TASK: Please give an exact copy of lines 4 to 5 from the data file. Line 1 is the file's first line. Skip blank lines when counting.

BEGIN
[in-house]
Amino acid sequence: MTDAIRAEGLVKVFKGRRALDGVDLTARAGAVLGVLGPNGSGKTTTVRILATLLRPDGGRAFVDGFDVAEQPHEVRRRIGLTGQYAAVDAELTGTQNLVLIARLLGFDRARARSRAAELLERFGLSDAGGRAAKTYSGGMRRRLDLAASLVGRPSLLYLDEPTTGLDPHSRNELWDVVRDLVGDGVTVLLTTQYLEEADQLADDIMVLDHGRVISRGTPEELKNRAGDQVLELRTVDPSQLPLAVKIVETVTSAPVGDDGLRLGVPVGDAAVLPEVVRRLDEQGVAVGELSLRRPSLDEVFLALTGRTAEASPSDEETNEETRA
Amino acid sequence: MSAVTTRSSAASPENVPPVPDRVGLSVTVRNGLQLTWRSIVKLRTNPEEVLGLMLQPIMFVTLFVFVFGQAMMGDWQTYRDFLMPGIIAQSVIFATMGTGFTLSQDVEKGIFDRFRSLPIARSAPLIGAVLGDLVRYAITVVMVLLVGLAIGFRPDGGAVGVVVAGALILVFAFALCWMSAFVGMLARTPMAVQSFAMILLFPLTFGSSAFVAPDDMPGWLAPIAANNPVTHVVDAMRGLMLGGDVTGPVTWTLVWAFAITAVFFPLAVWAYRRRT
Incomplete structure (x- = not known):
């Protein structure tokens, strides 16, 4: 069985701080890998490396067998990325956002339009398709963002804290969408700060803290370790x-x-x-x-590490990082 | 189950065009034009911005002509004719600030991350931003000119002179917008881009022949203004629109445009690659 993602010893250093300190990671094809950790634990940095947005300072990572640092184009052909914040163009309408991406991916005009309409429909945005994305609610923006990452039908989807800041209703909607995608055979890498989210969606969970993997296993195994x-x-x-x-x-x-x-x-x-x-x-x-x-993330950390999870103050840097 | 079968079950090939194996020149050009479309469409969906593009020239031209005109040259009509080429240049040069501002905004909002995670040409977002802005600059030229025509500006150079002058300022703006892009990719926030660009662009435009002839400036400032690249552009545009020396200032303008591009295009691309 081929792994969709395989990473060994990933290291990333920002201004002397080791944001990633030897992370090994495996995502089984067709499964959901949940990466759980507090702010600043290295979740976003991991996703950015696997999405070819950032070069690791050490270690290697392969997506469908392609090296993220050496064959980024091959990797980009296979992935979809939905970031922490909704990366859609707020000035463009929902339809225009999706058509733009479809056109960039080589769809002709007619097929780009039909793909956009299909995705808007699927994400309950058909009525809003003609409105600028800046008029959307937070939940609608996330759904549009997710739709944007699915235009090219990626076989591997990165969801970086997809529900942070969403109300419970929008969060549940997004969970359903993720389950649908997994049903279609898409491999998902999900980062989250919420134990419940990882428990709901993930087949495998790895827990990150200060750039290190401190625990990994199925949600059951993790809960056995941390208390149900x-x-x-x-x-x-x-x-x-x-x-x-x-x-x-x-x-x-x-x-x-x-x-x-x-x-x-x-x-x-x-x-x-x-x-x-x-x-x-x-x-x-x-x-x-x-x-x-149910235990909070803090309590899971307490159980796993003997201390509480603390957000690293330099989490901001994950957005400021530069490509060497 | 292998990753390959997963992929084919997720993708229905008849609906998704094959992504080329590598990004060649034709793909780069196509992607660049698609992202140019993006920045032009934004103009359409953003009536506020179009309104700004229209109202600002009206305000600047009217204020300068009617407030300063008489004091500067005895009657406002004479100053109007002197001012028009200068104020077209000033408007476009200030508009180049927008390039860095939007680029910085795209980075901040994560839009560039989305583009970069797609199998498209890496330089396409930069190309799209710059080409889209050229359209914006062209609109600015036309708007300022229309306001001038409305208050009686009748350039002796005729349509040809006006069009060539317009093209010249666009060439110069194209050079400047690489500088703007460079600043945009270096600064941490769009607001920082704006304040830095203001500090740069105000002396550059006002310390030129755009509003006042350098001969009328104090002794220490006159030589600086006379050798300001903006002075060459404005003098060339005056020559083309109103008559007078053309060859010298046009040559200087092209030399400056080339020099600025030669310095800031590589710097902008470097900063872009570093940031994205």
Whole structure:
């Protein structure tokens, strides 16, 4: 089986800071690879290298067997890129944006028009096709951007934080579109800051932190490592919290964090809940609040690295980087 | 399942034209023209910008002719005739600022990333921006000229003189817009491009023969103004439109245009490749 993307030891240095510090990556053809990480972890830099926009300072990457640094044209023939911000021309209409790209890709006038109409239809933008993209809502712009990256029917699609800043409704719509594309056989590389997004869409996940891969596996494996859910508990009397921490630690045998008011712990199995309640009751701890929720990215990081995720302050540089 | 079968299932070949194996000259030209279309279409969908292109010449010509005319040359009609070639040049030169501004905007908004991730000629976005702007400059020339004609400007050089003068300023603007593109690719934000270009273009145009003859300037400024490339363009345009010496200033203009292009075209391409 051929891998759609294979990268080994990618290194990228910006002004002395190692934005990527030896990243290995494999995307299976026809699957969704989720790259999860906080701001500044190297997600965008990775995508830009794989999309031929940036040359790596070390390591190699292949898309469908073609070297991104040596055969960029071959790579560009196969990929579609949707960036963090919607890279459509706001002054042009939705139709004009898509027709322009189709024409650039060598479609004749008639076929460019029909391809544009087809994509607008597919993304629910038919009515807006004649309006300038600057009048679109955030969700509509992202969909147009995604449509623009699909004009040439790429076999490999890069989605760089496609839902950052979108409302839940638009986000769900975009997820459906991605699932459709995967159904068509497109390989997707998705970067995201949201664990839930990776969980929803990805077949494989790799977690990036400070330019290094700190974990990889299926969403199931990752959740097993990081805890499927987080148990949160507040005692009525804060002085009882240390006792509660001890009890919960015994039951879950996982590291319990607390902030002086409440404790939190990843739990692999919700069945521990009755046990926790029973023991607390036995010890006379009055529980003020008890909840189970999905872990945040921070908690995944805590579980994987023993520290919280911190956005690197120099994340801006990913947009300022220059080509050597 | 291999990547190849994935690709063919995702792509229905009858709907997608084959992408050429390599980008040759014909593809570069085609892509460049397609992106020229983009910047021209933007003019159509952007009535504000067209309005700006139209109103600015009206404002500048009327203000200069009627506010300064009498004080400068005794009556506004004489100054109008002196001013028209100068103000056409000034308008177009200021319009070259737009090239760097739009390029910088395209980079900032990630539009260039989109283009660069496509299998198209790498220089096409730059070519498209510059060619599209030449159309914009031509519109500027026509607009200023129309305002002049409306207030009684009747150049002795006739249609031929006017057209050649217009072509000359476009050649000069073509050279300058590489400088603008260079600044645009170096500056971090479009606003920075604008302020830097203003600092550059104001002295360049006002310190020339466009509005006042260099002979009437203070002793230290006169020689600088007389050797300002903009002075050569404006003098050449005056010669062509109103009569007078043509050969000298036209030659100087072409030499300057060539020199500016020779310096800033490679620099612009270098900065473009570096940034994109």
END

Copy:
Incomplete structure (x- = not known):
């Protein structure tokens, strides 16, 4: 069985701080890998490396067998990325956002339009398709963002804290969408700060803290370790x-x-x-x-590490990082 | 189950065009034009911005002509004719600030991350931003000119002179917008881009022949203004629109445009690659 993602010893250093300190990671094809950790634990940095947005300072990572640092184009052909914040163009309408991406991916005009309409429909945005994305609610923006990452039908989807800041209703909607995608055979890498989210969606969970993997296993195994x-x-x-x-x-x-x-x-x-x-x-x-x-993330950390999870103050840097 | 079968079950090939194996020149050009479309469409969906593009020239031209005109040259009509080429240049040069501002905004909002995670040409977002802005600059030229025509500006150079002058300022703006892009990719926030660009662009435009002839400036400032690249552009545009020396200032303008591009295009691309 081929792994969709395989990473060994990933290291990333920002201004002397080791944001990633030897992370090994495996995502089984067709499964959901949940990466759980507090702010600043290295979740976003991991996703950015696997999405070819950032070069690791050490270690290697392969997506469908392609090296993220050496064959980024091959990797980009296979992935979809939905970031922490909704990366859609707020000035463009929902339809225009999706058509733009479809056109960039080589769809002709007619097929780009039909793909956009299909995705808007699927994400309950058909009525809003003609409105600028800046008029959307937070939940609608996330759904549009997710739709944007699915235009090219990626076989591997990165969801970086997809529900942070969403109300419970929008969060549940997004969970359903993720389950649908997994049903279609898409491999998902999900980062989250919420134990419940990882428990709901993930087949495998790895827990990150200060750039290190401190625990990994199925949600059951993790809960056995941390208390149900x-x-x-x-x-x-x-x-x-x-x-x-x-x-x-x-x-x-x-x-x-x-x-x-x-x-x-x-x-x-x-x-x-x-x-x-x-x-x-x-x-x-x-x-x-x-x-x-149910235990909070803090309590899971307490159980796993003997201390509480603390957000690293330099989490901001994950957005400021530069490509060497 | 292998990753390959997963992929084919997720993708229905008849609906998704094959992504080329590598990004060649034709793909780069196509992607660049698609992202140019993006920045032009934004103009359409953003009536506020179009309104700004229209109202600002009206305000600047009217204020300068009617407030300063008489004091500067005895009657406002004479100053109007002197001012028009200068104020077209000033408007476009200030508009180049927008390039860095939007680029910085795209980075901040994560839009560039989305583009970069797609199998498209890496330089396409930069190309799209710059080409889209050229359209914006062209609109600015036309708007300022229309306001001038409305208050009686009748350039002796005729349509040809006006069009060539317009093209010249666009060439110069194209050079400047690489500088703007460079600043945009270096600064941490769009607001920082704006304040830095203001500090740069105000002396550059006002310390030129755009509003006042350098001969009328104090002794220490006159030589600086006379050798300001903006002075060459404005003098060339005056020559083309109103008559007078053309060859010298046009040559200087092209030399400056080339020099600025030669310095800031590589710097902008470097900063872009570093940031994205």